At 6-3, Morris has good size for the point guard position, although his 175 pound frame still has a ways to go in terms of filling out. He doesn't possess blazing speed or incredible explosiveness, which, when combined with his lack of strength, makes it difficult for him to get by opposing guards at times. He does do a nice job of playing at different speeds, showing the ability to change pace and use crafty ball-handling moves to keep defenders off balance, and showed progress with his frame this past summer with USA Basketball.

When asked to go out and create a shot on his own, he struggled at times last season, especially against some of the better competition Iowa State faced. As effective as Morris was in the pick and roll last season, he was extremely average in isolation situations, which is an area NBA teams will want to see him get better at, as pro point guards absolutely need to have the ability to improvise on the fly in late-clock situations.

Morris can handle the ball with either hand, but he tends to favor his right when it comes to finishing around the basket. Because of his average strength and explosiveness, he isn't always able to make it all the way to the rim and finish in traffic, and has thus developed a nice floater he can get off from 5-8 feet away that he was extremely effective with last season. Still, NBA teams will want to see Morris do a better job of creating and finishing through contact inside the paint as an upperclassman, as he doesn't get to the free throw line at a great rate.

Morris shows very nice potential as a shooter, hitting a career 40% of his 3-pointers thus far, and 80% of his free throws. 3-pointers have never made up a huge part of his offensive arsenal, though, with just 26% of his field goal attempts coming from beyond the arc last season. Considering his limitations as a finisher around the basket, this is an important trait for him to have.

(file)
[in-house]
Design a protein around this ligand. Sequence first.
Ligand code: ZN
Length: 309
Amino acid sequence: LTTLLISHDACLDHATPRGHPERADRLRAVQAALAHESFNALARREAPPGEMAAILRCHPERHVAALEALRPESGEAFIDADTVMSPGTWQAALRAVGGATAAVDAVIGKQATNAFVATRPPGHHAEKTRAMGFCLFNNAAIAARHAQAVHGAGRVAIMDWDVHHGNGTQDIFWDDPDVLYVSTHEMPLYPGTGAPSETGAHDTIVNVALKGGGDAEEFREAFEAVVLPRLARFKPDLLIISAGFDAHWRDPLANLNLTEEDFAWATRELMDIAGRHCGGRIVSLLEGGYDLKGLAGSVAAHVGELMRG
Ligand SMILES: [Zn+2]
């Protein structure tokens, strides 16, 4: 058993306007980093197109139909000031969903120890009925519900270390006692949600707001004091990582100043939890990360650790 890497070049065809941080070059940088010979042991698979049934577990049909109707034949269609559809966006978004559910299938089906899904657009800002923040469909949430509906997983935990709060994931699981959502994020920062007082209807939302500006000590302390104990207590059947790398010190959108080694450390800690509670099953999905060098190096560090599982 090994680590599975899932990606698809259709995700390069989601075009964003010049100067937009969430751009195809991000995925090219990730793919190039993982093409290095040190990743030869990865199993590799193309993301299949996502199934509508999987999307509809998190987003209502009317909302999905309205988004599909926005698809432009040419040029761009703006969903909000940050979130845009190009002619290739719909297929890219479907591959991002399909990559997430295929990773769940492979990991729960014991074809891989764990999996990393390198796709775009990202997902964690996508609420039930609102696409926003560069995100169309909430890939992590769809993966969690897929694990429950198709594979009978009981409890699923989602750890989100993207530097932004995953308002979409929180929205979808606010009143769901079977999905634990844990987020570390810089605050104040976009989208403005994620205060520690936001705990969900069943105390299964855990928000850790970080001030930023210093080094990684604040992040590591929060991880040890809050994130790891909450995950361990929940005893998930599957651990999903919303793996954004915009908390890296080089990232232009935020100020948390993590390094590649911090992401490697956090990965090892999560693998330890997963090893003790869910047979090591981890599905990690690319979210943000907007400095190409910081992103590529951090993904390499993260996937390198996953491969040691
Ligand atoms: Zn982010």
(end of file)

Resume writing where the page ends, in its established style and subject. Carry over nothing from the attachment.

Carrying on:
Morris possesses smooth and consistent shooting mechanics, and showed potential as a shooter both with his feet set and off the dribble the last two seasons. He can still stand to improve the quickness of his release and do a better job of creating separation from defenders with his pull-ups, but he's shown improvement in this area the last two years.

Defensively is where Morris will need to improve to play the type of NBA role his skill-set says he's ideally suited for. On an Iowa State team known more for their offense prowess than for getting stops, Morris had some nice moments from time to time, but was very inconsistent overall. He has the size and length needed to defend either guard position at the college level, and will get up on opposing ball-handlers and put solid pressure on the ball at times, getting in the passing lanes at a nice rate (2.1 steals per-40).

With that said, Morris' intensity level wavers too frequently, as it's not rare to see him falling asleep in his stance, struggling to get through screens, and being a split-second late closing out on shooters. His lack of strength can cause him to get overpowered on dribble penetration at times, and his effectiveness at the end of games and in late-clock situations isn't always ideal.

Since he doesn't project to be a prolific scorer in the NBA, teams will want to see him develop into a plus defender that a coach can count on to defend his position with intensity, but considering his age and lack of experience, he has plenty of time to continue to develop that part of his game.